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Chapter 11 - Solution Manual

The debt to equity ratio would be higher it would

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The debt to equity ratio would be higher. It would approach the debt covenant restriction and investors may perceive the company to be a risky investment. Upon conversion, there would be no cash flow. The debt would be replaced by stock (equity securities) and the debt to equity ratio would improve. The company would have the alternative of recording conversion at book value or at fair value. If the fair value method is selected there would be an income statement gain or loss. The effect on preexisting stockholders would be that the after tax interest cash flows would be replaced by and may not be equal to dividend cash flows. However, unlike the redeemable preferred stock, the company would be able to retain its capital without resorting to alternative or new sources of financing. If redeemable preferred stock is issued, it would be recorded at its issue price. Under GAAP, the preferred stock would be debt and would appear on the balance sheet. The debt to equity ratio would be higher. It would approach the debt covenant restriction and investors may perceive the company to be a risky investment. The preferred stock dividend payments would equal the interest payments that would have been made to the holders of the convertible debt, but the dividends would not provide a tax shield. Redemption would require a cash outflow, but would have no income statement effect. d. The change from reporting the conversion feature as debt to equity would shift balance sheet numbers from debt to equity, thereby enhancing the debt to equity ratio for the convertible debt option and alleviating the constraint on debt covenant restrictions. However, management decisions should be based on economic consequences of alternatives. Managerial action should not be motivated merely by accounting representations. Whether the "equity feature" is reported as debt or equity will, in and of itself, have no cash flow effects and should therefore not affect management's decision. Hence, if the debt covenant restrictions are not a factor, management's decision to issue convertible debt versus redeemable preferred stock should not be affected. However, there is documented evidence is that consistent with the argument that management's decisions are affected by financial statement appearances. The decision to select one alternative over another may be affected by the debt covenant restrictions. If the classification of the "equity feature" materially affects the debt to equity ratio, then management may be more prone to select convertible debt because the debt provides a tax shield and no cash flow will be required to convert the debt to equity. Case 11-4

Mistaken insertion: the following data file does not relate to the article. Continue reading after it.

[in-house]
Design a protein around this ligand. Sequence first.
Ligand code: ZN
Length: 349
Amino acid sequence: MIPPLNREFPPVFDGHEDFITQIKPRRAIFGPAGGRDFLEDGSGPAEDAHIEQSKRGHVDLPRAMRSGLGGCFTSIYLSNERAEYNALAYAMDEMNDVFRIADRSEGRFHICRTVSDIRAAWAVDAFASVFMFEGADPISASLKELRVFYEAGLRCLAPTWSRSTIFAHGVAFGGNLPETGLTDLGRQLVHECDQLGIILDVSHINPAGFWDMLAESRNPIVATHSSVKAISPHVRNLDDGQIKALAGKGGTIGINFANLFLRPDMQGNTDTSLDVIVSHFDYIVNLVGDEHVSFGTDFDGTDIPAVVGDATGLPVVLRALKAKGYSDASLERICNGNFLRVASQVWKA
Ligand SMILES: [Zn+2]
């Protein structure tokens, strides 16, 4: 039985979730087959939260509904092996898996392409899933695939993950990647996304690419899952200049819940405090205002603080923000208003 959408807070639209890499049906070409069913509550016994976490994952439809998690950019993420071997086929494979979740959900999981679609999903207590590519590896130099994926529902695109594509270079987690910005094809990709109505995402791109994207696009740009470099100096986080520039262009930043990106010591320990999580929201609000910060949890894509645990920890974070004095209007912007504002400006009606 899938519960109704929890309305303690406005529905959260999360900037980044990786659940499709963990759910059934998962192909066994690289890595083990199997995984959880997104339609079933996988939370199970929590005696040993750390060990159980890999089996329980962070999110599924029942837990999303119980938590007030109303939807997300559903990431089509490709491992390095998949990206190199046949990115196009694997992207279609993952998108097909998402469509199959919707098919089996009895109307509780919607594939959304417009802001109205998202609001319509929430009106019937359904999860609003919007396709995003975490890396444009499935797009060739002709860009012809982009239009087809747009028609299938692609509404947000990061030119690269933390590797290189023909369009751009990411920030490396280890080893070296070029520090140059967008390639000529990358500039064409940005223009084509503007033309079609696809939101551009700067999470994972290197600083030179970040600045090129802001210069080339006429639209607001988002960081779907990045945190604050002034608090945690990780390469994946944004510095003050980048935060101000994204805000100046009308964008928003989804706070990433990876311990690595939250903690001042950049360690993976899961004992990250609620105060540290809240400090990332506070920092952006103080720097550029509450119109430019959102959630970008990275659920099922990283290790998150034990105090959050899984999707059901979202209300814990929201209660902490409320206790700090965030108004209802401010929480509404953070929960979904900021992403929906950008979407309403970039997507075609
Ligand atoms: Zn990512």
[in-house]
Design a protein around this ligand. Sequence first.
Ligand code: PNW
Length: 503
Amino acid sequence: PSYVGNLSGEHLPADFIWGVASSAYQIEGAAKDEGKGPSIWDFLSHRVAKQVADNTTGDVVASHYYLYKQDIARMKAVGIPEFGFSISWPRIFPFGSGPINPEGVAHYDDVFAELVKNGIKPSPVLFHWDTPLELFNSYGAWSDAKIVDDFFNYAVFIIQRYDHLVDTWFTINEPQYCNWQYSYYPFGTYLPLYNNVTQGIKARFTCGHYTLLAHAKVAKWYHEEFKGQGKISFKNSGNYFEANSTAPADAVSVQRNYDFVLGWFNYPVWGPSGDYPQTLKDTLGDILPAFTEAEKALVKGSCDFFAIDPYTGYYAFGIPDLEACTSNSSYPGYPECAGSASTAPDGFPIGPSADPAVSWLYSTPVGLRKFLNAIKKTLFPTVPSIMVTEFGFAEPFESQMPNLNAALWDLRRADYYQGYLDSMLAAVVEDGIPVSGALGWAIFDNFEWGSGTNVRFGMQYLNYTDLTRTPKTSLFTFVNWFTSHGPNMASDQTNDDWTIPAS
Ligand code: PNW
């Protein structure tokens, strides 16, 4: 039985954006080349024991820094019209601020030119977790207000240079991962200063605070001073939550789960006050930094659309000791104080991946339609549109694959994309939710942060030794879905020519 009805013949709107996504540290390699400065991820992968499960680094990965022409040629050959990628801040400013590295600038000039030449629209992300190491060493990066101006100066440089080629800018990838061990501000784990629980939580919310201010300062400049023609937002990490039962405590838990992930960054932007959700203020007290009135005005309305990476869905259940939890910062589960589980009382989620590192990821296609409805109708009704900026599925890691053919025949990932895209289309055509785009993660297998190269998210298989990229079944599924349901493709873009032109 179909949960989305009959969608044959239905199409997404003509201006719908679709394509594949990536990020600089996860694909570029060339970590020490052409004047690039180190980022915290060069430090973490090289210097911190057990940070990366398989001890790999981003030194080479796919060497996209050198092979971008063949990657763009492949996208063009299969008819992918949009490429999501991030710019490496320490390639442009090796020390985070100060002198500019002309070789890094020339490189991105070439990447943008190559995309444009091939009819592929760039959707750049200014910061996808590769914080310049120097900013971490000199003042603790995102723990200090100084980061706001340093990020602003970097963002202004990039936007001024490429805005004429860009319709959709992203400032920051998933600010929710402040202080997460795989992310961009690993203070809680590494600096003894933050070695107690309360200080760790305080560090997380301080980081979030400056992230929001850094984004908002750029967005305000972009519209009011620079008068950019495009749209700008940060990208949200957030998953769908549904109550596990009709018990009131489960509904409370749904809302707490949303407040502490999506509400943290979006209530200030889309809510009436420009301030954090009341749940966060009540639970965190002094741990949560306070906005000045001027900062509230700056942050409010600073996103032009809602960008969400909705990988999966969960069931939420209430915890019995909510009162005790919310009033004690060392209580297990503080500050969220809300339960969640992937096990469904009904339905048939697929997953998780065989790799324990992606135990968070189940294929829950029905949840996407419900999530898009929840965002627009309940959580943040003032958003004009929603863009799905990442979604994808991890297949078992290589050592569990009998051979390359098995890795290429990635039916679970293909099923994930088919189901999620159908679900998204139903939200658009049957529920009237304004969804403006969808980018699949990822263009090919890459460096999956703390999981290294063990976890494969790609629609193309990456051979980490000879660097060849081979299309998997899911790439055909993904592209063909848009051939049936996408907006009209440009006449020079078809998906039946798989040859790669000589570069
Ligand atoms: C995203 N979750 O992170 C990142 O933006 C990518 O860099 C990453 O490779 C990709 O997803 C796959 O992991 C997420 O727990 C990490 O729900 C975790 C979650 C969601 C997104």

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218 a. The effective interest method of amortization of bond discount or premium applies a constant interest rate to the carrying value of debt as opposed to the straight-line method that applies a constant dollar amount over the life of the debt resulting in a changing effective rate paid based on the carrying value of the debt. Either method, however, computes the premium or discount to
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